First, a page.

BLONDUS, Flavius (1392-1463). Italia illustrata. Edited by Gaspar Blondus (1423/43-1493). Rome: Johannes Philippus de Lignamine, 5 December 1474.
Super-chancery 2° (315 x 220mm). Collation: [110 28 3-710 88 910 108 11-1810] (1/1 blank, 1/2r chapter summaries, 2/7v register, 2/8 blank, 3/1 editor's letter to Paulus Zane, Bp. of Brescia, 3/2r text, 18/10r colophon, 18/10v blank). 174 leaves. 34 lines. Type: 1*:125R. 6-10-line initial spaces with early ink guide-letter, 16th-century foliation. Some pinholes visible. (First and last few leaves expertly repaired at hinge, small offsetting of rubrication on 6/10v.) Near-contemporary Roman light brown goatskin over thin pastboard tooled in blind with arabesque and foliate tools [cf. De Marinis 441, 553 for tools], sides with central lozenge, spine with fillets in star-design, a pair of original endleaves at each end, lifted to reveal 15th-century Italian paper leaves of Panormitanus, Decretals, author's name lettered on fore-edge (missing 4 fore-edge ties, some light restorations at spine, corners and edges). Provenance: Senator Giacomo Bovio of Bologna, 1514 (inscription at end; marginal annotations) -- Johannes Fabritius Padoani (inscription at end) -- Alessandro Padoani (16/17th-century collector and man of science; inscription on front flyleaf) -- 17th-century inscription at front.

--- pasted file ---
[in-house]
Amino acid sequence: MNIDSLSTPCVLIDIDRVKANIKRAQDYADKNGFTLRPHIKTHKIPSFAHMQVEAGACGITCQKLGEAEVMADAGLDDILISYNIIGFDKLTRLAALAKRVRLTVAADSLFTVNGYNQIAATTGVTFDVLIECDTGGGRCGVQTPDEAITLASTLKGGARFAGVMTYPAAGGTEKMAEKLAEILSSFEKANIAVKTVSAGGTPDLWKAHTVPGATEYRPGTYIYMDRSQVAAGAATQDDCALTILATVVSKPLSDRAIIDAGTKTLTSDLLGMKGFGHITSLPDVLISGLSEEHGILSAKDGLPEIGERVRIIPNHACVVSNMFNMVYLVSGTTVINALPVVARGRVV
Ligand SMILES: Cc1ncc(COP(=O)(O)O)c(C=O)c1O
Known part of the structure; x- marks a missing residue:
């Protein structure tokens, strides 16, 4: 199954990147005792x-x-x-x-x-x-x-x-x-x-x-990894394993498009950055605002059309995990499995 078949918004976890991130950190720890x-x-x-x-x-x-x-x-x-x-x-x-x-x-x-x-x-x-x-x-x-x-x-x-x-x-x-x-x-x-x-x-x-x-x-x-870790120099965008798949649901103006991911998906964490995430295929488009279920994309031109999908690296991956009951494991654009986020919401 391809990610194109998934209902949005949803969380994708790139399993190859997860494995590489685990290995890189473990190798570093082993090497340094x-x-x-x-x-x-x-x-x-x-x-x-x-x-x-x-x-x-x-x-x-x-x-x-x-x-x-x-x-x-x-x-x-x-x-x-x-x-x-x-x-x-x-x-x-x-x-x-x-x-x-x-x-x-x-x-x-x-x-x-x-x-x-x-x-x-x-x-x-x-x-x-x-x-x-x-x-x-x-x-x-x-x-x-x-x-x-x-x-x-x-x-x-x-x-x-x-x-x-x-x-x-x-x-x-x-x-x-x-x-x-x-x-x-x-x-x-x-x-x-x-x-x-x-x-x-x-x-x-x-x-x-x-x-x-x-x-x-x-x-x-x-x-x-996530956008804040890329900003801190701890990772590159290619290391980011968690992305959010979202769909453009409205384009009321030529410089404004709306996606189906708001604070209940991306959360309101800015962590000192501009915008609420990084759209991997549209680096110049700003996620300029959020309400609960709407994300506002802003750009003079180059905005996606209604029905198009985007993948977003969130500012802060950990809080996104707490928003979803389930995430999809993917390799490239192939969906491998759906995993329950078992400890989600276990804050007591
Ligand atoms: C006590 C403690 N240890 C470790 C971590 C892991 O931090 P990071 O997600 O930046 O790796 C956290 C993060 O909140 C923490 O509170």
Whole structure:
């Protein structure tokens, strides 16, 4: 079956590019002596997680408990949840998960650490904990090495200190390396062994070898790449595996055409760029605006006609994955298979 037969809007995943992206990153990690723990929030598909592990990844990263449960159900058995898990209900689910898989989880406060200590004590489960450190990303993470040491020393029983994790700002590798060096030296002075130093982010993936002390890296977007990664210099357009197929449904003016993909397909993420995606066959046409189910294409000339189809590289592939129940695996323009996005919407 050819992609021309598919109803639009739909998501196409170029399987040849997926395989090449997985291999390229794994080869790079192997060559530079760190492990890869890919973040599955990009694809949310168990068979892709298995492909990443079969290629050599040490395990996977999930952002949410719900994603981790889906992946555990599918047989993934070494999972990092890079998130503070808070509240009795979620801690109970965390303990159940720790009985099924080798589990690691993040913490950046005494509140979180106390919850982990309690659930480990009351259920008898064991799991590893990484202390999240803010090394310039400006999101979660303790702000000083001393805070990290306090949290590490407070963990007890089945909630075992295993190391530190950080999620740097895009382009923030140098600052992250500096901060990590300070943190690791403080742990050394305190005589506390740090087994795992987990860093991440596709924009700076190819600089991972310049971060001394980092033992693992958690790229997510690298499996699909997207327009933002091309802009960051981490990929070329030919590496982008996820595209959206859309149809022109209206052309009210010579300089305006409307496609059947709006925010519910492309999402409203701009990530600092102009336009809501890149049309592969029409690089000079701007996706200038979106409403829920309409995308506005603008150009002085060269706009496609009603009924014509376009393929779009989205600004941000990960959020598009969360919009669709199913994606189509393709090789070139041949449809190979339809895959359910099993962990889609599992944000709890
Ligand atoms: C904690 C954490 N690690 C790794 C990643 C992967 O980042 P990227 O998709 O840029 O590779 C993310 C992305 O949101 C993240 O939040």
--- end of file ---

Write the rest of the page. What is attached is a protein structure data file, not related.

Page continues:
FIRST EDITION of the first systematic topography of Italy, the first modern work to apply the name Italy to the whole Italian peninsula. Widely considered the father of modern historiography and archaeology, Biondo correlates accounts from the classical era with those of the middle ages and of his own contemporary times, linking 'the greatness of ancient Rome to the emergent greatness of modern Italy' (Hist. Dictionary of the Renaissance). He displays great erudition, citing a wide variety of authors and offering opinions on famous figures such as Petrarch, Boccaccio and Cosimo de' Medici. Italia Illustrata not only contributes much to our knowledge of Italy, its topography and monuments of the 15th century but also epitomises the humanist 'ad fontes', back to the source, and is an important work for the reception of classical antiquity in the Renaissance. Giacomo Bovio, who owned this copy in 1514, was a Senator from Bologna whose term is commemorated in a monument in the east wall of the Palazzo Senatorio at Rome. RARE; no copy has been sold at auction in over a century. HC 3246; BMC IV, 33 (IB. 17410-11); GW 4421; CIBN B-496; IGI 1758; Bod-inc B-356; Goff B-700.